Gitana 11 claims Tour de Belle Isle
There was a record turn-out for the event, which starts in the Bay of Quiberon and rounds Belle Ile anti-clockwise. The event is aiming to become France's equivalent of the Round the Island Race and this year, the fourth time it has been held 485 boats took part.
Conditions this year were brisk with 20-25 knots of southeasterly wind. Following the start at 10:30 GMT the lumpy conditions on the offshore coast of Belle Ile proved too much for 30 of the boats who turned back.
Josse's 77ft trimaran made the lap of the island in just 2 hours 42 minutes, a new record for the course, but was followed just 2 minutes 38 seconds later by Lionel Lemonchois' Irens-Cabaret Multi50 Route du Rhum winner Prince de Bretagne. The Multi50 race was a close one with Franck-Yves Escoffer on Crepes Whaou! 3 just 41 seconds astern of Prince de Bretagne, last year's winner Yves le Blevec's Actual third ahead of the Alain Gautier on the former Foncia ORMA 60, now called Sensation, just six minutes behind Gitana 11.
The lead multis were followed by monohulls like Groupama 70 and the IMOCA 60 PRB and Akena Verandas. On board the green VO70, Franck Cammas' crew include half the line-up that will sail around the world later this year, including local resident Thomas Coville. Their time was 3 hours 23 minutes.
“Nearly 500 boats on the same start line made things pretty busy!" commented Josse afterwards. "It was full-on, especially with the wind and sea conditions. We were particularly attentive during the start phase as Gitana 11 was a lot faster than the majority of the fleet.”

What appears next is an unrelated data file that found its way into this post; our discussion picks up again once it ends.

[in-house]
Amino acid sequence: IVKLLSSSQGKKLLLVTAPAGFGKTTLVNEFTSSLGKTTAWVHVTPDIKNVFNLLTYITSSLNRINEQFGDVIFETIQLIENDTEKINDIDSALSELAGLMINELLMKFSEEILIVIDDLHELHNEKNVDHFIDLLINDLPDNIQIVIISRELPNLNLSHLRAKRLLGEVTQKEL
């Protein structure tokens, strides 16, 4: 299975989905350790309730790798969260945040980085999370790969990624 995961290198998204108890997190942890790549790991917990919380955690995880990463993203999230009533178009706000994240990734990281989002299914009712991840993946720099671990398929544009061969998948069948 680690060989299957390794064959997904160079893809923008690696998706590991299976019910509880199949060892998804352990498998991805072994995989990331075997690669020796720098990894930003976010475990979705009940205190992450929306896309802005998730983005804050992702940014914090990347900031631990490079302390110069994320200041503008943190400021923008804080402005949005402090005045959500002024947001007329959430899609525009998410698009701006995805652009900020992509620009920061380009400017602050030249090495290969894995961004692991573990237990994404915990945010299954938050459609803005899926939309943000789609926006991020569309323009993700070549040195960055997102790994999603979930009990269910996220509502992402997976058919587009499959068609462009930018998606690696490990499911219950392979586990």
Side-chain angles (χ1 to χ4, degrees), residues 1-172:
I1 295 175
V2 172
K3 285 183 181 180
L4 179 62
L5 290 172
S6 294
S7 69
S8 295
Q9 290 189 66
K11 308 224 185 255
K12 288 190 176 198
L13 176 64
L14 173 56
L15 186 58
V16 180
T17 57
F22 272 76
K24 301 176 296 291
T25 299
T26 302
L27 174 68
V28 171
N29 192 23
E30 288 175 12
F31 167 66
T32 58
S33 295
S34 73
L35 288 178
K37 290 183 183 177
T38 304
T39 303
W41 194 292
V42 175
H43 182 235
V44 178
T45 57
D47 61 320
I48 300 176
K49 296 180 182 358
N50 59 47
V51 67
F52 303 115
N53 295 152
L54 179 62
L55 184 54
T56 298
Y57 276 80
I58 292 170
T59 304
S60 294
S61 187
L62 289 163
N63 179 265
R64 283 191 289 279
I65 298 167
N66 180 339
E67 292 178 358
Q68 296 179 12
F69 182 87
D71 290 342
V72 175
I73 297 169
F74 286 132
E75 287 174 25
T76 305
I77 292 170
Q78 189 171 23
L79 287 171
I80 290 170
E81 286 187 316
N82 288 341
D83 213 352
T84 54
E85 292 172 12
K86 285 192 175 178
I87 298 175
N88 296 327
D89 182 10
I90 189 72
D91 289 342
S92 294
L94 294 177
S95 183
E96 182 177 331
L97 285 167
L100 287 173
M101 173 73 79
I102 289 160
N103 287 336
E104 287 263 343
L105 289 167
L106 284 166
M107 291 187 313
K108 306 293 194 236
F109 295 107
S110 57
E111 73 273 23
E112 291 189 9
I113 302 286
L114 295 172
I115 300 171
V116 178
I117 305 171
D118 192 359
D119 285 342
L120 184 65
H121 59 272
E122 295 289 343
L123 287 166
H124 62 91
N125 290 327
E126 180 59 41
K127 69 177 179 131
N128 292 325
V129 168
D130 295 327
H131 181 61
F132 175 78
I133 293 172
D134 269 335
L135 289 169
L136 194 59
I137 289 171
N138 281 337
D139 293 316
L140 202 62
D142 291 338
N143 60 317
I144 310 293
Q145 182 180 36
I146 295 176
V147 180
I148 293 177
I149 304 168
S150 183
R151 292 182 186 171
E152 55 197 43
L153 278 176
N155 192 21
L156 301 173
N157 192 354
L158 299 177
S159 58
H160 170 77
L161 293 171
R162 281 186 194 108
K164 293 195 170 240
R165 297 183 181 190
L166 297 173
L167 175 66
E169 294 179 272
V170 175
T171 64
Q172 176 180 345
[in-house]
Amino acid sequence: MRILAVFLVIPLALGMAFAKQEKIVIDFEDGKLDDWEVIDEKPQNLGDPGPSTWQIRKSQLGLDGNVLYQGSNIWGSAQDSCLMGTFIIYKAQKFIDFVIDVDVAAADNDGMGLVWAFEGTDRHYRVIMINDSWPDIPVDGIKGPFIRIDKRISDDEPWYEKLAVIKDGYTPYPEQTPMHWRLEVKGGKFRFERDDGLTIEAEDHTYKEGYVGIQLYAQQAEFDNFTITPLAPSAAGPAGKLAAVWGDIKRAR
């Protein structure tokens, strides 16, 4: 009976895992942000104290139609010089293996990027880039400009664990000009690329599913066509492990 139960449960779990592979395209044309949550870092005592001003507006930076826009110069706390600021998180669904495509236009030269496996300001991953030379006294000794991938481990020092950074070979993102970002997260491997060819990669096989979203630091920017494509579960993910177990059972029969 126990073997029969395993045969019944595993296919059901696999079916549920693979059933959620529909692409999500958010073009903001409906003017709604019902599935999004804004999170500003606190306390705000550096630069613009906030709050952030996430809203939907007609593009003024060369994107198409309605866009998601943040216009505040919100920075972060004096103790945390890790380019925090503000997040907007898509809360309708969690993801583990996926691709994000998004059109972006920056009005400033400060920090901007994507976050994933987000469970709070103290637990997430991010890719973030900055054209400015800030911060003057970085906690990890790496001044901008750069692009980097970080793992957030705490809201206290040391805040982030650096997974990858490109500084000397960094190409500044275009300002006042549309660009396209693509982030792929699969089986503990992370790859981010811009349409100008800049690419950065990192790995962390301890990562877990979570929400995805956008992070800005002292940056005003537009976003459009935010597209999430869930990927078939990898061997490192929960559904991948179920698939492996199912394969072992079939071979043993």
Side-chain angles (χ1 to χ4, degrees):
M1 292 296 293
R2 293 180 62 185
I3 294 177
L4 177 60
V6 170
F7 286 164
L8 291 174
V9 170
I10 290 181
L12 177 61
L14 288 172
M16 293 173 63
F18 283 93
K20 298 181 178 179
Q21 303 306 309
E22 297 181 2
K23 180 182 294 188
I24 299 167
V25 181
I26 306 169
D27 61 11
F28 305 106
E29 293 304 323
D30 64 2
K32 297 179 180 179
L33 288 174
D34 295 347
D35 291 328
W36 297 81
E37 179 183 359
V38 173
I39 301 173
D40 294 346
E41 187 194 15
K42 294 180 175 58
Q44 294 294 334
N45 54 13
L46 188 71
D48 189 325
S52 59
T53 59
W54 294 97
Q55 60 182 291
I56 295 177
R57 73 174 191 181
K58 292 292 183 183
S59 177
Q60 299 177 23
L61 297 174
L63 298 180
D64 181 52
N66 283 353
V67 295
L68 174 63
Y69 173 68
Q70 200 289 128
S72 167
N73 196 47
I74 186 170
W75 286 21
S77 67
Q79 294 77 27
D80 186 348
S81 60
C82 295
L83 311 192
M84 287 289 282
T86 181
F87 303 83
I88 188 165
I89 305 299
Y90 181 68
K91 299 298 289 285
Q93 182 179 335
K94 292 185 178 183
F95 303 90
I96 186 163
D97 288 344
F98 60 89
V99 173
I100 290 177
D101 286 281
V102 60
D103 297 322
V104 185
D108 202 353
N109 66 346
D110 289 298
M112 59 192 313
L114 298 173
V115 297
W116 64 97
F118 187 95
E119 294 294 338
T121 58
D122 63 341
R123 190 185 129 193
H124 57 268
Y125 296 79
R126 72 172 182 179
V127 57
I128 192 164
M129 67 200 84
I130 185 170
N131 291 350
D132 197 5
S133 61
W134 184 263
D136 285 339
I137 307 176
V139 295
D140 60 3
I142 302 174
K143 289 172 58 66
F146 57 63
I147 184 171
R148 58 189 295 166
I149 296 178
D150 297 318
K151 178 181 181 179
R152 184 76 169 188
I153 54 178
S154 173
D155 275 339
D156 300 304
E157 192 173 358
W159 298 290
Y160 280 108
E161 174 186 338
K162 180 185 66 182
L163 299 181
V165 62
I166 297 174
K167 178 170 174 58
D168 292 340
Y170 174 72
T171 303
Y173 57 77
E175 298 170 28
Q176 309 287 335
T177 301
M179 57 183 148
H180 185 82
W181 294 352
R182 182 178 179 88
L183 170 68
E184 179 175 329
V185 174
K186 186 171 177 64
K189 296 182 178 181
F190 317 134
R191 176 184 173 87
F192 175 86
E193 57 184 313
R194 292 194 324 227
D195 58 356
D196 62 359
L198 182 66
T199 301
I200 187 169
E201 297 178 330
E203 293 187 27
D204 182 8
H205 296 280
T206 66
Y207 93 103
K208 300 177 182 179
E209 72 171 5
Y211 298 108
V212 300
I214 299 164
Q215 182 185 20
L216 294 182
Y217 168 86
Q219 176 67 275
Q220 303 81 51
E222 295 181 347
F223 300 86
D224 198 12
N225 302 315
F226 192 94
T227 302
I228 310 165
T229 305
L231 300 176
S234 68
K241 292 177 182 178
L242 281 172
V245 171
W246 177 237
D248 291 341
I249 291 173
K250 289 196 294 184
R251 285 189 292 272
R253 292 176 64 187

Sailing with Josse was with Sébastien Thétiot and David Boileau, Gitana 11's shore crew, plus Florent Chastel as bowman, Antoine Koch navigating and Jean-Baptiste Epron.
“This Tour de Belle-Île was my baptism of fire aboard Gitana 11 in race mode," continued Josse. "It was a lively introduction but it was perfect for getting my teeth into it and straightaway getting the measure of the boat. I’ve yet to find my automatic reflexes at the helm. I’m in training mode on this craft as I await delivery of the MOD 70 Edmond de Rothschild Group at the end of October. I was keen to take it calmly, especially as the crew on this the occasion were sailing together for the first time. With this in mind, we decided not to unfurl the gennaker if the wind exceeded 24 knots.” Despite this conservative approach Gitana 11 still demonstrated her potential enjoying some bursts of speed over 30 knots.
“The Multi 50s were right on our tails, but there’s nothing surprising about that," continued Josse. "Behind us were experienced crews on boats they were very familiar with, helmed by skippers who had already competed in transatlantic races at the helm of their boats. They were a good source of pressure for the Gitana Team and it was good knowing they were hot on our heels.”
More images from Christophe Launay - www.sealaunay.com